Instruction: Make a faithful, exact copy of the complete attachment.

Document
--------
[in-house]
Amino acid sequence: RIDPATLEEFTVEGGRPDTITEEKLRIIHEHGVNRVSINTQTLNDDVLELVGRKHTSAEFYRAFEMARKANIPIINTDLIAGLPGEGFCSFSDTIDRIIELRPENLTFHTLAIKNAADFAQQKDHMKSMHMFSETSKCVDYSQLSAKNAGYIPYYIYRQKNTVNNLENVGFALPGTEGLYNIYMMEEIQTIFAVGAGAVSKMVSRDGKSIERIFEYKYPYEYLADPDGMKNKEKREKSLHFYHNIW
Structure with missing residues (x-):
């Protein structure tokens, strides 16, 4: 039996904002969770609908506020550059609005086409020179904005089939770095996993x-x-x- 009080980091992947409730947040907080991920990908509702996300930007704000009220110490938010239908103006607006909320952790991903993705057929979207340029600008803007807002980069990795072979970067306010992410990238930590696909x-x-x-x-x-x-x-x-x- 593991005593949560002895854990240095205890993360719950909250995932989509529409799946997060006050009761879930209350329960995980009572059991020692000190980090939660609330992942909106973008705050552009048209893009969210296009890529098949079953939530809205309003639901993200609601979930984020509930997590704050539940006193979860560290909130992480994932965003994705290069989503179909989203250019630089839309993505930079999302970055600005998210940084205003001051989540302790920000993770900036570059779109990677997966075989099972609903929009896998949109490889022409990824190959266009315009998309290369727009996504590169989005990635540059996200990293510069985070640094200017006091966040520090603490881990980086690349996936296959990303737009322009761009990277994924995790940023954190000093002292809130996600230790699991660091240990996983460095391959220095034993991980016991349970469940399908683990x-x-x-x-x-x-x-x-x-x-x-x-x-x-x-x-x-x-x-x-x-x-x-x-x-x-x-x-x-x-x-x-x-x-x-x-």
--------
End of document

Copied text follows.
[in-house]
Amino acid sequence: RIDPATLEEFTVEGGRPDTITEEKLRIIHEHGVNRVSINTQTLNDDVLELVGRKHTSAEFYRAFEMARKANIPIINTDLIAGLPGEGFCSFSDTIDRIIELRPENLTFHTLAIKNAADFAQQKDHMKSMHMFSETSKCVDYSQLSAKNAGYIPYYIYRQKNTVNNLENVGFALPGTEGLYNIYMMEEIQTIFAVGAGAVSKMVSRDGKSIERIFEYKYPYEYLADPDGMKNKEKREKSLHFYHNIW
Structure with missing residues (x-):
């Protein structure tokens, strides 16, 4: 039996904002969770609908506020550059609005086409020179904005089939770095996993x-x-x- 009080980091992947409730947040907080991920990908509702996300930007704000009220110490938010239908103006607006909320952790991903993705057929979207340029600008803007807002980069990795072979970067306010992410990238930590696909x-x-x-x-x-x-x-x-x- 593991005593949560002895854990240095205890993360719950909250995932989509529409799946997060006050009761879930209350329960995980009572059991020692000190980090939660609330992942909106973008705050552009048209893009969210296009890529098949079953939530809205309003639901993200609601979930984020509930997590704050539940006193979860560290909130992480994932965003994705290069989503179909989203250019630089839309993505930079999302970055600005998210940084205003001051989540302790920000993770900036570059779109990677997966075989099972609903929009896998949109490889022409990824190959266009315009998309290369727009996504590169989005990635540059996200990293510069985070640094200017006091966040520090603490881990980086690349996936296959990303737009322009761009990277994924995790940023954190000093002292809130996600230790699991660091240990996983460095391959220095034993991980016991349970469940399908683990x-x-x-x-x-x-x-x-x-x-x-x-x-x-x-x-x-x-x-x-x-x-x-x-x-x-x-x-x-x-x-x-x-x-x-x-």